Division is written with a / between the numbers. 5 divided by -3 is written 5 / -3 and means 5 x -1/3, and amounts to -5/3, or -1 + -2/3.

The allowed moves when manipulating an equation with additions are:
  • Apply associativity rule to two additions: a + (b + c) = (a + b) + c
  • Apply commutativity rule to an addition: a + b = b + a
  • Add the same value to both sides of the equality: a = a <=> a + b = a + b

For an equation with multiplications, the above moves apply as well, but there is an additional move when dealing with a mix of additions and multiplications:
  • Apply distributivity rule: a x (b + c) = a x b + a x c

These are the only allowed structural moves for manipulating equations of additions and multiplications.

Additions can use the following equalities for simplifying expressions: a + 0 = a and a + -a = 0. Multiplications can use a x 1 = a and a x 1/a = 1.

We can build more moves from the above, for example:

I'm playing fast and loose with the associativity in these,
a + b + c = (a + b) + c = a + (b + c),
I'm using whichever is the easiest at any given moment.

Also, multiplication binds tighter than addition:
a x b + c x d = (a x b) + (c x d)

x + b = c | a = a <=> a + b = a + b
x + b + -b = c + -b | a + -a = 0
x + 0 = c + -b | a + 0 = a
x = c + -b | a - b = a + -b
x = c - b
x + b = c <=> x = c - b

a x b = c | a = a <=> a x b = a x b
a x b x 1/b = c x 1/b | a x 1/a = 1 when a != 0
a x 1 = c x 1/b | a x 1 = a
a = c x 1/b | a / b = a x 1/b
a = c / b
a x b = c <=> a = c / b when a != 0

(a + b) x c = (a + b) x c | a x b = b x a
(a + b) x c = c x (a + b) | a x (b + c) = a x b + a x c
(a + b) x c = c x a + c x b | a x b = b x a
(a + b) x c = a x c + b x c

a x 1 = a x 1 | a x b = b x a
a x 1 = 1 x a

a x b = a x b | (a + b) x c = c x a + c x b
a x b = (a + -1) x b + (1 x b) | 1 x a = a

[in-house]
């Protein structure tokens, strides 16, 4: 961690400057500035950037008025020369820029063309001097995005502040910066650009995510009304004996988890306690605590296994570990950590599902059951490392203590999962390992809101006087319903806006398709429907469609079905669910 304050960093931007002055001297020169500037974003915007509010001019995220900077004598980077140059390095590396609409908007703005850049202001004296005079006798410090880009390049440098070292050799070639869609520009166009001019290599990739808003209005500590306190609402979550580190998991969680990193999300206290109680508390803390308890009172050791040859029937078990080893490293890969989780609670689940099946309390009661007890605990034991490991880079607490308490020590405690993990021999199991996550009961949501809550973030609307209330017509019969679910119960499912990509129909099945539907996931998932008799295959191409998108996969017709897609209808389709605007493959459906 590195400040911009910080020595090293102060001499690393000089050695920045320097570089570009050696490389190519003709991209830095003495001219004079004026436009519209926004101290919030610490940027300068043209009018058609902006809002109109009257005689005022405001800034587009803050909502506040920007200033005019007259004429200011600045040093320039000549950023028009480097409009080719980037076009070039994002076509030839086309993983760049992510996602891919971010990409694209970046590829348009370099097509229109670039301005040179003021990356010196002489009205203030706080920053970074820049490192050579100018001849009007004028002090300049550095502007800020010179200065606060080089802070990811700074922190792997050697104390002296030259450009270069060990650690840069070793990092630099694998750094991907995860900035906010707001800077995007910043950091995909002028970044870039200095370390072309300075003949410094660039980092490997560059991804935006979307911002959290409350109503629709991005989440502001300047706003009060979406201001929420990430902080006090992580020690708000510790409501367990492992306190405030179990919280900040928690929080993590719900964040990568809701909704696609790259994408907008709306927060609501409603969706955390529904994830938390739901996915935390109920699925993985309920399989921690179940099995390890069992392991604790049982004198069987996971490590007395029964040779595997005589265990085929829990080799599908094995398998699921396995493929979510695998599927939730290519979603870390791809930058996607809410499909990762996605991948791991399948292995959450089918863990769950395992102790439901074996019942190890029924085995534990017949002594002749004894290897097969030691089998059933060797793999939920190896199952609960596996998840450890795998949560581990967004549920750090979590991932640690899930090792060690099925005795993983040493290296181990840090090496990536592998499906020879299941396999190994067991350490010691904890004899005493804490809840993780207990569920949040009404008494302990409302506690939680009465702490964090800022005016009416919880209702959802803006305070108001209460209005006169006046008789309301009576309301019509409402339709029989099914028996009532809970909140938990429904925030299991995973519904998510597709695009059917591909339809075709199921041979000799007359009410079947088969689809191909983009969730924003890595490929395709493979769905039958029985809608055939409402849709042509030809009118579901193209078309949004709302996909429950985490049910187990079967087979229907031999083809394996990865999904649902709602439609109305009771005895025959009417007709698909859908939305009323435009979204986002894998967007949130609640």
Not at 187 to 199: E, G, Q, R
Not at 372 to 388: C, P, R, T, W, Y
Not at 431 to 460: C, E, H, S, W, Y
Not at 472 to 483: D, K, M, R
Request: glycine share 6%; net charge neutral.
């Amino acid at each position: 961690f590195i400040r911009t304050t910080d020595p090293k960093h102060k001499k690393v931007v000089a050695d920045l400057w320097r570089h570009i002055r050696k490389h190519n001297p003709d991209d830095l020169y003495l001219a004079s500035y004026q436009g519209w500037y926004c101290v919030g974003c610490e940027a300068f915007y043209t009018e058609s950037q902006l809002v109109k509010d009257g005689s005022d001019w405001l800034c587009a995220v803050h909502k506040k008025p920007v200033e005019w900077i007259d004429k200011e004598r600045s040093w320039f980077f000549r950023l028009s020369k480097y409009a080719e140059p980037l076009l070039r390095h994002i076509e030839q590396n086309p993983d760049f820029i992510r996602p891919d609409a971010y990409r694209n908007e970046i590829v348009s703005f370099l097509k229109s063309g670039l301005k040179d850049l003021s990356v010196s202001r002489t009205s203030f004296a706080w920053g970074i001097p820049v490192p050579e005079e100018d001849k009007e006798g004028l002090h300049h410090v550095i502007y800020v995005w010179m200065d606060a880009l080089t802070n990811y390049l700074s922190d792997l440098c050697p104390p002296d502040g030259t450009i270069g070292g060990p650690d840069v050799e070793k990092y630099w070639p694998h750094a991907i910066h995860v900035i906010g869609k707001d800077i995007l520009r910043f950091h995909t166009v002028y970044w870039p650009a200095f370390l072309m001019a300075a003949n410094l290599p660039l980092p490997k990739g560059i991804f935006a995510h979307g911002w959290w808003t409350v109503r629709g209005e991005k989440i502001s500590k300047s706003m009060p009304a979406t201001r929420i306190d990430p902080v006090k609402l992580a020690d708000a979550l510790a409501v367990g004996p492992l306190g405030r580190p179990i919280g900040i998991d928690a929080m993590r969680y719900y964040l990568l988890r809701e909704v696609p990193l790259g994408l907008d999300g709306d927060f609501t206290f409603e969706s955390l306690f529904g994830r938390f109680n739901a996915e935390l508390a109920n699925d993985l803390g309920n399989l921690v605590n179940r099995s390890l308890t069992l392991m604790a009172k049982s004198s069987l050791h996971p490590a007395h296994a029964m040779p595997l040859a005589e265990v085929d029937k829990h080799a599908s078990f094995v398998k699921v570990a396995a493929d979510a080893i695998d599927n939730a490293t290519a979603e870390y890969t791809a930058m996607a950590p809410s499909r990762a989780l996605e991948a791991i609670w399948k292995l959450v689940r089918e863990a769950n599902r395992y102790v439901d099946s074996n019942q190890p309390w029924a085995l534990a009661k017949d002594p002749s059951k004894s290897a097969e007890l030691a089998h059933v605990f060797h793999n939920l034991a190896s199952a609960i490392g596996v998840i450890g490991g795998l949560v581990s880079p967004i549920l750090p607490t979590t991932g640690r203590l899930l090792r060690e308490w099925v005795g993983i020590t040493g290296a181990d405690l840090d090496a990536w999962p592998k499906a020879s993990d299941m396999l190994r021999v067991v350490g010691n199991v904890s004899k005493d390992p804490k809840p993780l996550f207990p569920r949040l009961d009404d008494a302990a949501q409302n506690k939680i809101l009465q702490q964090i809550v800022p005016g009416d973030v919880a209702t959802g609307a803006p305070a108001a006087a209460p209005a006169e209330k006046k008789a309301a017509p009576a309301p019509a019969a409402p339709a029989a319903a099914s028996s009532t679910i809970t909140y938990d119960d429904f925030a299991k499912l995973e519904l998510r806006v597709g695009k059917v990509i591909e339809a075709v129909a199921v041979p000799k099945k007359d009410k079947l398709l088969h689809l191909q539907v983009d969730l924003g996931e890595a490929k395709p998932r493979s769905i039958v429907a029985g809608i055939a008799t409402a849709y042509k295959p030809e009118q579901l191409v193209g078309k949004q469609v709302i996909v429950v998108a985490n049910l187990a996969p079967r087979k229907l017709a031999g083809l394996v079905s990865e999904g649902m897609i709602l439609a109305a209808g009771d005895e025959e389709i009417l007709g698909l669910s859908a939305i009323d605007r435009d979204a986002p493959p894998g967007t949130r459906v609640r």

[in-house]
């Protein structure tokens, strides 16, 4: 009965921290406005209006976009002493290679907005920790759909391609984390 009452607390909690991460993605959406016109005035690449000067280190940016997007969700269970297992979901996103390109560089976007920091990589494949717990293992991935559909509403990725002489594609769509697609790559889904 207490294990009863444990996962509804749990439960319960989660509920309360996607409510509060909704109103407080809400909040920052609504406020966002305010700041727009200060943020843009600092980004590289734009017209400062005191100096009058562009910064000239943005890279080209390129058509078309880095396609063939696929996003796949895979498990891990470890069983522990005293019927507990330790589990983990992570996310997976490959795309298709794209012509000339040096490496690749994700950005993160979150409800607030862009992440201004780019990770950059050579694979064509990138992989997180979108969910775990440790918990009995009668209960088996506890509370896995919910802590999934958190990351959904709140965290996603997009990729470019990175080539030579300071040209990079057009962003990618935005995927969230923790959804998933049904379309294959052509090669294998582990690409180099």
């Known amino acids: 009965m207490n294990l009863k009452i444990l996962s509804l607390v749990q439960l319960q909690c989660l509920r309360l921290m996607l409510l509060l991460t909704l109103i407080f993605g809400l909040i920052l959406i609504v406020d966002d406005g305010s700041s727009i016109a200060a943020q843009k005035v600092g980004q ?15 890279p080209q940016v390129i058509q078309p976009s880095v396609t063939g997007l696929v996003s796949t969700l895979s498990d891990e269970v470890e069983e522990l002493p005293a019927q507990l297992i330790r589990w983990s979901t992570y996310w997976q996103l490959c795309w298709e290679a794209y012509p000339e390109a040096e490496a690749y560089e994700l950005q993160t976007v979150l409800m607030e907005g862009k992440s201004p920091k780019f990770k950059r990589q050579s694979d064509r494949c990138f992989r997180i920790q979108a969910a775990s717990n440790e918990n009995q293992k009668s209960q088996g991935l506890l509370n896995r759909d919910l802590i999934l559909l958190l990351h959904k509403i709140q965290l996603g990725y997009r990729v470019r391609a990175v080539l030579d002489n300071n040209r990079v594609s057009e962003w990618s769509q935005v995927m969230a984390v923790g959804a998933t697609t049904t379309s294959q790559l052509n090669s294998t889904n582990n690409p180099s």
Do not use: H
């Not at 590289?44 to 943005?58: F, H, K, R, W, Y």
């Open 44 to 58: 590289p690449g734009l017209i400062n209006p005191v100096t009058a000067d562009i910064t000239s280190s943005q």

a x b = (a + -1) x b + b | a - b = a + -b
a x b = (a - 1) x b + b

-(a) = -(a) | a = b <=> a + b = a + b
a + -(a) = a + -(a) | a + -(a) = 0
a + -(a) = 0 | a = b <=> a + b = a + b
-a + a + -(a) = -a + 0 | a + -a = 0
0 + -(a) = -a + 0 | a + b = b + a and a + 0 = a
-(a) = -a

-1 x a = -1 x a | 0 + a = a
-1 x a = 0 + -1 x a | a - b = a + -b
-1 x a = 0 - 1 x a | 1 x a = a
-1 x a = 0 - a | a - b = a + -b
-1 x a = 0 + -a | 0 + a = a
-1 x a = -a

-1 x a = -a | -a = -(a)
-1 x a = -(a)

-a x b = -a x b | -1 x a = -a
-a x b = -1 x a x b | a x b = b x a
-a x b = a x -1 x b | -1 x a = -a
-a x b = a x -b

-a x b = -1 x a x b | -1 x a = -(a)
-a x b = -(a x b)

a x (b - c) = a x (b - c) | a - b = a + -b
a x (b - c) = a x (b + -c) | a x (b + c) = a x b + a x c
a x (b - c) = (a x b) + (a x -c) | a x b = b x a
a x (b - c) = (a x b) + (-c x a) | -a x b = -(a x b)
a x (b - c) = (a x b) + -(c x a) | a x b = b x a
a x (b - c) = (a x b) + -(a x c) | a - b = a + -b
a x (b - c) = (a x b) - (a x c)

a x 0 = a x 0 | 0 = -1 + 1
a x 0 = a x (-1 + 1) | a x (b + c) = a x b + a x c
a x 0 = a x -1 + a x 1 | a x 1 = a
a x 0 = a x -1 + a | -1 x a = -a and a x b = b x a
a x 0 = -a + a | -a + a = 0
a x 0 = 0

Now go forth and solve the problems of algebra!